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Common Symptoms of Multiple Sclerosis (MS)

What is multiple sclerosis? 

Multiple sclerosis (MS) is a very serious autoimmune disorder in which the body’s immune system protects the myelin (protective sheath) that covers the nerve fibres. This creates problem with communication between your brain and the rest of the body. Multiple sclerosis can cause the nerves to deteriorate or become permanently damaged. Multiple sclerosis affects approximately 2.5 million people across the world. About 400,000 Americans are included in this population. There is no current cure for multiple sclerosis. However, treatment can help manage symptoms. Multiple sclerosis affects more women than men and symptoms often begin showing between the ages of 20 and 40.

Diagnosing MS

There is no single test for multiple sclerosis. The diagnosis must be made on clinical symptoms, separate test results and family history. Tests to diagnose multiple sclerosis can include MRIs (magnetic resonance imaging), testing the spinal fluid through a lumbar puncture and an EP test (evoked potentials) that measures the electrical activity in the brain in response to different stimuli. As other conditions can cause de-myelination, it is important to rule out other diseases to make sure you have the correct diagnosis. De-myelination can occur in the following diseases and illnesses:

  • Guillain-Barré Syndrome
  • Certain viral infections
  • Exporsure to toxic materials
  • Severe vitamin B12 deficiency
  • Other autoimmune disorders that lead to inflammation of the blood vessels (collagen-vascular diseases)
  • Instances of rare genetic disorders

Symptoms of multiple sclerosis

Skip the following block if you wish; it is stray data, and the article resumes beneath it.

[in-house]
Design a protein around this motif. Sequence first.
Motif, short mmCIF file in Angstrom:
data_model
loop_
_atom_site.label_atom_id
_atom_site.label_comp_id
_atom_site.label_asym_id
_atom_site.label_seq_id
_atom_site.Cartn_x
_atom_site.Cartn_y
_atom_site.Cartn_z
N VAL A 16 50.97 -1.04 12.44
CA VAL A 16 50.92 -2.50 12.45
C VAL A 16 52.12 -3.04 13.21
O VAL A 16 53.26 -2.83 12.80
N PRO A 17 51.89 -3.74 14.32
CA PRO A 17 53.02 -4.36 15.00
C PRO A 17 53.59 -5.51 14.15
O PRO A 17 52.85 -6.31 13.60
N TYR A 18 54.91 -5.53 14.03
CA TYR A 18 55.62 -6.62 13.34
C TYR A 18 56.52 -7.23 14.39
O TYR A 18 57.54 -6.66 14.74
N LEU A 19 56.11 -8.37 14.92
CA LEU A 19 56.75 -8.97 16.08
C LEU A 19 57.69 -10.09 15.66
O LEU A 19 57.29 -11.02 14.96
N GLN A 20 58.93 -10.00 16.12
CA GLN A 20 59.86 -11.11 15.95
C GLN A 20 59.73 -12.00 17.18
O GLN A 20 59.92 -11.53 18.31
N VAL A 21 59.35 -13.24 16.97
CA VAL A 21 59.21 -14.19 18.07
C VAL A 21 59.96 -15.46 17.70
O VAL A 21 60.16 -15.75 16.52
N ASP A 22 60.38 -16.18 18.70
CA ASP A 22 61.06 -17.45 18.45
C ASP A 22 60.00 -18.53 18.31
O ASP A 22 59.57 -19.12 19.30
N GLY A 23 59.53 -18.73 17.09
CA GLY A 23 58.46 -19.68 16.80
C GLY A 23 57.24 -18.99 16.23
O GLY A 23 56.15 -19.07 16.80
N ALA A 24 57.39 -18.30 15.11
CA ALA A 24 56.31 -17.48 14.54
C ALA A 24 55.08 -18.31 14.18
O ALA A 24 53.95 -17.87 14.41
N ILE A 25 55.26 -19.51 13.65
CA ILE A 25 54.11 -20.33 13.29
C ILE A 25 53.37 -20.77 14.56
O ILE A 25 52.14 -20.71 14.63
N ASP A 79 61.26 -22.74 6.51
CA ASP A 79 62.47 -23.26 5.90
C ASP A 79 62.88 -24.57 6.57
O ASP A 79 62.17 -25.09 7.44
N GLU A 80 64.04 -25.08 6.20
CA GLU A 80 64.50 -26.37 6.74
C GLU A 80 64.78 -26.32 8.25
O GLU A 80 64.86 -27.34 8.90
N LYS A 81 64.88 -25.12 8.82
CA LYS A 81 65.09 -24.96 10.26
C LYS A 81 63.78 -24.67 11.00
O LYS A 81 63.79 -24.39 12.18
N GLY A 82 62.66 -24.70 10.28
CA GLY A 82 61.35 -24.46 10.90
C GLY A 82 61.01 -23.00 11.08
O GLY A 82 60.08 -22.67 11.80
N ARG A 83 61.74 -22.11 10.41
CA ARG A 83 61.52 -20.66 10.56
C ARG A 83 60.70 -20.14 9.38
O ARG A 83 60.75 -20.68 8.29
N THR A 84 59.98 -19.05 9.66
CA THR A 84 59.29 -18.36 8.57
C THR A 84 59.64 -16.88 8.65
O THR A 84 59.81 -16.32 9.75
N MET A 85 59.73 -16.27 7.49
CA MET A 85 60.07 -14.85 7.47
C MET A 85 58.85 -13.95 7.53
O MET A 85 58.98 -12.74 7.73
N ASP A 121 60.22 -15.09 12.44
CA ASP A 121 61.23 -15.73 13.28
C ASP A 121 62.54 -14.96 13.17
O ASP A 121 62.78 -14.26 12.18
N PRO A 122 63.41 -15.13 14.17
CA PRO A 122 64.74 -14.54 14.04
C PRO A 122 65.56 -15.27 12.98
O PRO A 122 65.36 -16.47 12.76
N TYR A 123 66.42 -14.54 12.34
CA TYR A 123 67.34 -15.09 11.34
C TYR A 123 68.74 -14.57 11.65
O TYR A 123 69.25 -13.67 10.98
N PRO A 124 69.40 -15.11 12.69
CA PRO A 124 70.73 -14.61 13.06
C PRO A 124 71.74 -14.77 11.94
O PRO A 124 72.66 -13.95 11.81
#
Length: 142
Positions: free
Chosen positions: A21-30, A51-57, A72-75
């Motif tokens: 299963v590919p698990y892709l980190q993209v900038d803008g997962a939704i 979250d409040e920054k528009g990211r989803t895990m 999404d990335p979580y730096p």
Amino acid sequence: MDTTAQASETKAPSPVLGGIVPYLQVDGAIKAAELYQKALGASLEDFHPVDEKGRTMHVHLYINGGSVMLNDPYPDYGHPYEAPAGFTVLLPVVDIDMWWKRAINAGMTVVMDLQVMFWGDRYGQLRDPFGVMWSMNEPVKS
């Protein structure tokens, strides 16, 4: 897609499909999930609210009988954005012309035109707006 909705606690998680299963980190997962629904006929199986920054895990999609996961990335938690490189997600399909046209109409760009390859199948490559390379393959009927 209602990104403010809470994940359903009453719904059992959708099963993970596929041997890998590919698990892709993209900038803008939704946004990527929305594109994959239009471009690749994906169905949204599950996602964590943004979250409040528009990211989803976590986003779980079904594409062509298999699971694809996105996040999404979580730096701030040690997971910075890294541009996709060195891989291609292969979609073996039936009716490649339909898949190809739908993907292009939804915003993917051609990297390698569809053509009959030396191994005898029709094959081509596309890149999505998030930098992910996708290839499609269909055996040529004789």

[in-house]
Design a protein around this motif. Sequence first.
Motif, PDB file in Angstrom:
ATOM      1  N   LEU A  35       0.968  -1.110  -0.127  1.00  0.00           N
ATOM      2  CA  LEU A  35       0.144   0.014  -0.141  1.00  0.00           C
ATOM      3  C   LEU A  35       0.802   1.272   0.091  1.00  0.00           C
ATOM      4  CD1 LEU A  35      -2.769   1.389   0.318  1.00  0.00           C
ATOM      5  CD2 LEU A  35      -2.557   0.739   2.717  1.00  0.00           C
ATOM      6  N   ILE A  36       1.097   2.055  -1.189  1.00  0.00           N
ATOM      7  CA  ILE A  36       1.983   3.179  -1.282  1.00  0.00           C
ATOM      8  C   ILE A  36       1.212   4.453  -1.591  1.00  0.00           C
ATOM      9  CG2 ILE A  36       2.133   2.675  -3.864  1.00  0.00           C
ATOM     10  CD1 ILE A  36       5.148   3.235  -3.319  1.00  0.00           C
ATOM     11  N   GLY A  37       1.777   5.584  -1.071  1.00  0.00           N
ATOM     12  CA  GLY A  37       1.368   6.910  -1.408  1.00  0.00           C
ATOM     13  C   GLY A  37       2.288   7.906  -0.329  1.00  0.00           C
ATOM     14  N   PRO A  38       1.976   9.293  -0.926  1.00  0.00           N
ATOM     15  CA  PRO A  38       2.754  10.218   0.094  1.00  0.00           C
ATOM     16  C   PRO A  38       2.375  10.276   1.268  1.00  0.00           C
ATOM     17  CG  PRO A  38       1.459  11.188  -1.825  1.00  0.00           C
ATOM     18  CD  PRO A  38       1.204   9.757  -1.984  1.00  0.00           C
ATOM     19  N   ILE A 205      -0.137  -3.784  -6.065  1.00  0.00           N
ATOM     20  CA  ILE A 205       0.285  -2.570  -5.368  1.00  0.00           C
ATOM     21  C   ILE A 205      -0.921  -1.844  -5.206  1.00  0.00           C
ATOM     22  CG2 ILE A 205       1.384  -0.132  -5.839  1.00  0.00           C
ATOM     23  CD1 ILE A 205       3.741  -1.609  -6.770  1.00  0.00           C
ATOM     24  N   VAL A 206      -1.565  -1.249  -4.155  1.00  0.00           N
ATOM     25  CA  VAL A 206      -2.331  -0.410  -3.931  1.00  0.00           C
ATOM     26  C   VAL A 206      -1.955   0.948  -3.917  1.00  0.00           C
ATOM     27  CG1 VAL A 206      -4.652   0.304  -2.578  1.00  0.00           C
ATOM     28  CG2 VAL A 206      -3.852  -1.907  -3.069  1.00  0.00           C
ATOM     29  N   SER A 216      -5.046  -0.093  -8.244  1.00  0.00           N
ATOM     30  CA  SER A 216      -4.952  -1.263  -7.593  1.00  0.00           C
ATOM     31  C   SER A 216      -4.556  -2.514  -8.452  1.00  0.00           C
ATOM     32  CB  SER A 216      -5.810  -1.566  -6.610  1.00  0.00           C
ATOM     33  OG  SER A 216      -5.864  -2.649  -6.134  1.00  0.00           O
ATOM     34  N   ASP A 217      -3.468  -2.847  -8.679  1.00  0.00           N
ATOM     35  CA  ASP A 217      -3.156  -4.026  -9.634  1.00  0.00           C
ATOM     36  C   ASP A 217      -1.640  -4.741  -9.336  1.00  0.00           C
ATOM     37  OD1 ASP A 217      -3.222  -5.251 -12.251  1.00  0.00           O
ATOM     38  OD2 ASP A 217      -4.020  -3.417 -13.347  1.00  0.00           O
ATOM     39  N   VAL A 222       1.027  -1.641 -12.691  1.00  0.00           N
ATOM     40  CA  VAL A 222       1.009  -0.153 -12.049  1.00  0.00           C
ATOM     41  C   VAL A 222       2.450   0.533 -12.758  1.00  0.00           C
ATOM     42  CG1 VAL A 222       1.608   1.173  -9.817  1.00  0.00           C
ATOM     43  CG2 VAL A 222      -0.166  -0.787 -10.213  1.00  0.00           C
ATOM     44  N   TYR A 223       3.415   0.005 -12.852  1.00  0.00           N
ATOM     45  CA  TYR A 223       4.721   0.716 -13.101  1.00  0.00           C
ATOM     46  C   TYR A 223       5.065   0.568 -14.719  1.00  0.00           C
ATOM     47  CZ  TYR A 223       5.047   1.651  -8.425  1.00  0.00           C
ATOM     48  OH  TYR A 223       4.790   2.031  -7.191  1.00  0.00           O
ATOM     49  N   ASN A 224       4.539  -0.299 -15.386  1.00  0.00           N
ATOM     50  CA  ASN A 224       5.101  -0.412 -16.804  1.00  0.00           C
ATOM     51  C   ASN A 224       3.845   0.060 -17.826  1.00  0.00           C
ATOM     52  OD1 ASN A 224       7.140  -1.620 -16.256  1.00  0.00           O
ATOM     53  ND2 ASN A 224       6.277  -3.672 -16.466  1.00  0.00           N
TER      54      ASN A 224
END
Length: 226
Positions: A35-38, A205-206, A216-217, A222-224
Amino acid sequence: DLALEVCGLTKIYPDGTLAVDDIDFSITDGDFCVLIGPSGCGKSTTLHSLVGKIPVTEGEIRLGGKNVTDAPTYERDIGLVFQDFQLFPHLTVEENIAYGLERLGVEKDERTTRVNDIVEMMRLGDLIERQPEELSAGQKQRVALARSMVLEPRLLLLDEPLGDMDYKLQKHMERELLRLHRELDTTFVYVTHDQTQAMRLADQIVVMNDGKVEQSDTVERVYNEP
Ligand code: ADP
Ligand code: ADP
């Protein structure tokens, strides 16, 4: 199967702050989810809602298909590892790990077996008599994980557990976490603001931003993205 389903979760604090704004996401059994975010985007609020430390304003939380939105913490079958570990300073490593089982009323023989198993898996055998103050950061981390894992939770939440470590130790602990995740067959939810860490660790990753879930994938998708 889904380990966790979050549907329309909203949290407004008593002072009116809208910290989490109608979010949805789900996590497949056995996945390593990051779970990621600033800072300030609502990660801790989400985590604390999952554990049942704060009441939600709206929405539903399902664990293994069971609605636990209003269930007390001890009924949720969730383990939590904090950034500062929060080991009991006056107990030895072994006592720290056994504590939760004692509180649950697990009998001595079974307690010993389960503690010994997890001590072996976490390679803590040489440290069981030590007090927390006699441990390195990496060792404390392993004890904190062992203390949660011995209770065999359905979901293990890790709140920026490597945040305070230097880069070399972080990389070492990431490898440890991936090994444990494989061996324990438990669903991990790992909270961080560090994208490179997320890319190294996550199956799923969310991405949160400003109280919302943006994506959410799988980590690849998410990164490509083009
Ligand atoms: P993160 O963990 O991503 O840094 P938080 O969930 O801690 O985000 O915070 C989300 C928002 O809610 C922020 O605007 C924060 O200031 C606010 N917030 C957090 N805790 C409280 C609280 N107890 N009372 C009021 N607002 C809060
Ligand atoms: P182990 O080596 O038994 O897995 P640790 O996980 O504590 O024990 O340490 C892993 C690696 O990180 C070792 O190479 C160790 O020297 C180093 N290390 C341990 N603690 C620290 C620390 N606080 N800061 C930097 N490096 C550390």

Symptoms of multiple sclerosis can vary from person to person. They can also depend on the severity of each individual case. Common symptoms of multiple sclerosis include:

  • Fatigue
  • Numbness or tingling, often caused by neuropathy (nerve damage)
  • Weakness in the muscles
  • Gait disturbances and walking difficulty
  • Spasticity (stiffness of the muscles or muscle spasms, commonly in the legs)
  • Vision problems, such as blurred or double vision
  • Bladder dysfunction
  • Depression and/or anxiety
  • Cognitive changes, such as changes in: the ability to focus; remember information; organize and problem solve; and learn new information
  • Chronic pain
  • Speech problems, such as slurred speech (dysarthria) and loss of volume (dysphonia)
  • Breathing difficulties
  • Swallowing difficulties (dysphagia)
  • Seizures
  • Hearing loss
  • Chronic headaches

Treating MS

Treatment for multiple sclerosis depends on the severity of the condition. Common treatments include:

  • Corticosteroids: These include oral prednisone and intravenous methylprednisolone. These are prescribed to reduce nerve inflammation.
  • Plasma exchange (plasmapheresis): This liquid portion of your blood (plasma) is removed and separated from your red blood cells. The blood cells are then mixed with albumin (protein solution) and put back into your body. This treatment is typically used with new symptoms, severe cases or if the patient has not responded to corticosteroid treatment.
  • Physical therapy: This helps with loss of muscle tone and muscle weakness to help with potential loss of mobility or gait disturbance.
  • Muscle relaxants: These are prescribed for painful or uncontrollable muscle stiffness and spasms, particularly in the legs.

Due to the high probability of relapsing with multiple sclerosis, it is important to see a doctor who specializes in this autoimmune disease, such as a neurologist. Your doctor will be able to help prescribe medications and treatments to help combat and manage the symptoms of multiple sclerosis and give you advice on how to manage symptoms at home.